Injection locking has also been used to concentrate the energy emitted from a xenon chloride excimer laser at wavelengths of 308.2 and 307.95 nm, which are the wavelengths of the two modes which exhibit the highest gain for such a laser. See O. L. Bourne and A. J. Alcock, in a pre-conference description of their presentation titled "Probing a XeCl Gain Module with a 0.0004A Bandwidth (Δν- 100 MHz) Probe Pulse", Thirty-Fifth Gaseous Electronics Conference, Oct. 19-22, 1982, Dallas, Tex. Bourne and Alcock reported using neon as a diluent and indicated that they had obtained injection locking, i.e., concentration of a significant portion of the emitted energy in one mode, for each of the two highest gain modes of the laser, i.e., at 307.93 mn and 308.19 nm. Prior to the instant invention, however, efforts to injection lock a xenon chloride laser at 308.4 nm had been unsuccessful.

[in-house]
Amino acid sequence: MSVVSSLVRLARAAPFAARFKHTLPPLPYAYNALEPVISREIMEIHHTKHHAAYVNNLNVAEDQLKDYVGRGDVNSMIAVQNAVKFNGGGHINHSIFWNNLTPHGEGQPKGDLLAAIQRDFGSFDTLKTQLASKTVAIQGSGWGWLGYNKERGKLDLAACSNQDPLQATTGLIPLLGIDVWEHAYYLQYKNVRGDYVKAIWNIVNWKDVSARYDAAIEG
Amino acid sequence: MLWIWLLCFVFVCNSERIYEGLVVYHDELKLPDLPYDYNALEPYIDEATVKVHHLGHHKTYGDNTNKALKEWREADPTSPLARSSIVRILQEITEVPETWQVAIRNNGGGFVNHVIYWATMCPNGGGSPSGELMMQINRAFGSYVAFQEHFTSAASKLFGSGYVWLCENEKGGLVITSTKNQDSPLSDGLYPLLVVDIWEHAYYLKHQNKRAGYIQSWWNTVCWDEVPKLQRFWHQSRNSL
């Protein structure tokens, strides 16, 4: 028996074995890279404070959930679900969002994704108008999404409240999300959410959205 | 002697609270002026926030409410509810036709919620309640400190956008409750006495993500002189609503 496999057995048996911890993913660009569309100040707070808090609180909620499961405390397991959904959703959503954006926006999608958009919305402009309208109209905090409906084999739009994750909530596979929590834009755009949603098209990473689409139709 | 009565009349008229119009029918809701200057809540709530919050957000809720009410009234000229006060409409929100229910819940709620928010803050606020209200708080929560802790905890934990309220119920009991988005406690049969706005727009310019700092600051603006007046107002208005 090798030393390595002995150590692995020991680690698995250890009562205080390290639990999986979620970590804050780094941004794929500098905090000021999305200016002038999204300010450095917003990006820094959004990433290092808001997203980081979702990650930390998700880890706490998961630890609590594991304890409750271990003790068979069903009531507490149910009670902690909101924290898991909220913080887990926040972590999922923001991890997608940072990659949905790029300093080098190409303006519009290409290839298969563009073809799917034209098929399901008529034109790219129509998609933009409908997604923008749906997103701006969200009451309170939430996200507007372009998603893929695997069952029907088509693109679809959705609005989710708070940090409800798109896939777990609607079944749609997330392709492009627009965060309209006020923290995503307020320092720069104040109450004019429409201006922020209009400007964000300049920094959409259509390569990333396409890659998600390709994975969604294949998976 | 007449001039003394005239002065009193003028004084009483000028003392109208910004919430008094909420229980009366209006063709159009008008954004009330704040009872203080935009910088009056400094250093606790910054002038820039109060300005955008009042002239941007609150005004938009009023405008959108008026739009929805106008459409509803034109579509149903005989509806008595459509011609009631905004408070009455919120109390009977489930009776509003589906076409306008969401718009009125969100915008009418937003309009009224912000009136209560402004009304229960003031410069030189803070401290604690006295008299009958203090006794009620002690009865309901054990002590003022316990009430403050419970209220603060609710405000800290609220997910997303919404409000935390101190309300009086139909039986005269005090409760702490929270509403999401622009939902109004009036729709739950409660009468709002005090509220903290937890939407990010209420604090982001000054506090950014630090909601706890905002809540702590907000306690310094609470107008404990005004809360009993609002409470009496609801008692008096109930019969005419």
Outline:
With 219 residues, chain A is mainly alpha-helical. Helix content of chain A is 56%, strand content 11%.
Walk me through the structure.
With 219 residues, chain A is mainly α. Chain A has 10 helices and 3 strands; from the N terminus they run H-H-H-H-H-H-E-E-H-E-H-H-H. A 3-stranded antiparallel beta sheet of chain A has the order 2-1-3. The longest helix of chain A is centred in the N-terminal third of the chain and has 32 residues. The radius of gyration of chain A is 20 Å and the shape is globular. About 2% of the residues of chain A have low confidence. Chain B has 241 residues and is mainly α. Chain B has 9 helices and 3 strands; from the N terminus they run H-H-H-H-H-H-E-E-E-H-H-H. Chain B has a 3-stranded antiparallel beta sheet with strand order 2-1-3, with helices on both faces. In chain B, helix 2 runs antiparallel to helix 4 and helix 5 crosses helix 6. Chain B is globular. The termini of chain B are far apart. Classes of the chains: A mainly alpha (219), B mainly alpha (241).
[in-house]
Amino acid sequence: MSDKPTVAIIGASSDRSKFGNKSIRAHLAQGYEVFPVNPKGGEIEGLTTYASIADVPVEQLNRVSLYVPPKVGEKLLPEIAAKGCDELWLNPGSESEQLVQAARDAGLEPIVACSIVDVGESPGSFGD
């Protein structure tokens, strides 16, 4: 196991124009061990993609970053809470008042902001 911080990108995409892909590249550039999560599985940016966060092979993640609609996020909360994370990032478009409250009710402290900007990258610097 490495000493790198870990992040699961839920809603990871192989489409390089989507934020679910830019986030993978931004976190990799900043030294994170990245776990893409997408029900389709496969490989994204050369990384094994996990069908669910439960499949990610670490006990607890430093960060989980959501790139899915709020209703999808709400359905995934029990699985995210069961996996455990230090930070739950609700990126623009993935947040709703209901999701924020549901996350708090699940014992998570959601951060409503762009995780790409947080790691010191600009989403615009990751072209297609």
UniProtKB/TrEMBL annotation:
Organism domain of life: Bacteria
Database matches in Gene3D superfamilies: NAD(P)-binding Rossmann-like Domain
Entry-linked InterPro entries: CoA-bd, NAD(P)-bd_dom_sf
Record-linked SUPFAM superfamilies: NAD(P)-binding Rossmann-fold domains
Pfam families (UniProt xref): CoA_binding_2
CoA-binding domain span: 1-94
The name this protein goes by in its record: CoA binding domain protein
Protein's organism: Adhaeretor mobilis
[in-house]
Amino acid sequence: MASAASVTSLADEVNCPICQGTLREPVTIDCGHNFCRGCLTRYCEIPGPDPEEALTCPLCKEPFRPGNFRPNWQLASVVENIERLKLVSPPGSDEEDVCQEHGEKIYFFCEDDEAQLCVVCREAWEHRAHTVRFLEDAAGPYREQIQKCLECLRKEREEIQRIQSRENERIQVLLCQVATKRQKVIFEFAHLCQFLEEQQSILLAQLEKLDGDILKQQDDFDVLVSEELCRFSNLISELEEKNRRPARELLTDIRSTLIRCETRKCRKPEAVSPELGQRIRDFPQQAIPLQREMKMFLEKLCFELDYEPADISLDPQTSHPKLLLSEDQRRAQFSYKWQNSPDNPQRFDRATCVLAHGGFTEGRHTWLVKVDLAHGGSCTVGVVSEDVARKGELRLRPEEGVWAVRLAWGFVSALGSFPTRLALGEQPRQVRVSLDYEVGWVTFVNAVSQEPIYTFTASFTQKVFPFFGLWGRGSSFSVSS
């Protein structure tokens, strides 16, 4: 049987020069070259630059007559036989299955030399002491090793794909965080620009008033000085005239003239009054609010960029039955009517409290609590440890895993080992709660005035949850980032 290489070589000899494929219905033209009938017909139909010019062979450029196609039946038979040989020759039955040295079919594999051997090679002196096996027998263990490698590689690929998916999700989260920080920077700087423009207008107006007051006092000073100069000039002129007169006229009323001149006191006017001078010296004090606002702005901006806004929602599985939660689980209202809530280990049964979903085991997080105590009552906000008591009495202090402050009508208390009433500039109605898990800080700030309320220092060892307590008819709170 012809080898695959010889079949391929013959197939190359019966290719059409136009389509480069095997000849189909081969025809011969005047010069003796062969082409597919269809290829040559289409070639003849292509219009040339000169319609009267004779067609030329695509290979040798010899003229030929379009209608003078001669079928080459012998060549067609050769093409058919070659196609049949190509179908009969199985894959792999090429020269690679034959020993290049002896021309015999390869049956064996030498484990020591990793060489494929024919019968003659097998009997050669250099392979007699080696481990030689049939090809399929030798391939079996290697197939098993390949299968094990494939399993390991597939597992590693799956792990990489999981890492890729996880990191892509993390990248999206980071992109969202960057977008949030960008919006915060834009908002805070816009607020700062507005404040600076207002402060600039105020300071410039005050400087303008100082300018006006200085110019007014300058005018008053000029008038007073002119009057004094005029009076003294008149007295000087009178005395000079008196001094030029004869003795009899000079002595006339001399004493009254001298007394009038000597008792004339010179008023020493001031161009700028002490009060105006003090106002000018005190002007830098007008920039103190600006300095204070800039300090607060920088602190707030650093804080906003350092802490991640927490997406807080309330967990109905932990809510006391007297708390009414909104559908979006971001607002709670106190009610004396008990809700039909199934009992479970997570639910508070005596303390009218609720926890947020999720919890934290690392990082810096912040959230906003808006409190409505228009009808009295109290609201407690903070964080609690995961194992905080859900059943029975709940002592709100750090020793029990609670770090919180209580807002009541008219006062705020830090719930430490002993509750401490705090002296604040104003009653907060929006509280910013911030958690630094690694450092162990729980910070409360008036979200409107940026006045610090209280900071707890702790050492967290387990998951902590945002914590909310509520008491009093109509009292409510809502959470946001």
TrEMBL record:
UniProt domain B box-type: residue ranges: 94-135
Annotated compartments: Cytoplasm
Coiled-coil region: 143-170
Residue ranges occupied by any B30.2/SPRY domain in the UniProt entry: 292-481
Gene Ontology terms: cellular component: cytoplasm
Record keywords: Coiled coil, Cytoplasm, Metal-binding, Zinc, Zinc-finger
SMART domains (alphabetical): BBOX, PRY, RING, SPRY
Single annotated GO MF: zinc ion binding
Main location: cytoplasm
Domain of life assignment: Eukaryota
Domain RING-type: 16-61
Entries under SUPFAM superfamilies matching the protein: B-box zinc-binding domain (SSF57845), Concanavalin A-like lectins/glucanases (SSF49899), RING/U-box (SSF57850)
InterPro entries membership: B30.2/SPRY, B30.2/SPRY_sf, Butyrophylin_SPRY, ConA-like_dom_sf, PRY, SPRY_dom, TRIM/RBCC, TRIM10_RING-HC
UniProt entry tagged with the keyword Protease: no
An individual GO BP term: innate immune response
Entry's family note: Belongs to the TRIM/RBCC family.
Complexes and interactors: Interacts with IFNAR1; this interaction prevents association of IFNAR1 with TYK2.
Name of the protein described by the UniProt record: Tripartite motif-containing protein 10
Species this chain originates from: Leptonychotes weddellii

The present invention uses neon as a diluent in a xenon chloride excimer laser to shift the gain profile of the laser to a slightly lower frequency. An electrical discharge, which is longer in duration and lower in intensity than normally used in the prior art to pump a laser, is used in this invention to enable operation of the laser at a lower gain of about one-half to one-third of the gain that was used by other experimenters attempting to mode lock such a laser at 308.4 nm. Lowering the intensity of the discharge causes an "across the board", proportional, decrease in the gains of the laser at the wavelengths of its various modes of operation. As a consequence, the numerical magnitude of the differences in the gain of the laser at 308.4 nm and the gains at the highest gain modes at 308.2 and 307.95 nm are reduced in the same proportion, that is to about one-half to one-third of the values that existed in the laser used by other experimenters. The effects of using neon as a diluent, reducing the gain to one-half to one-third of the values used in the prior art, and extending the period of the electrical discharge, combine to concentrate approximately 90% of the emitted laser energy at or near the 308.4 nm line.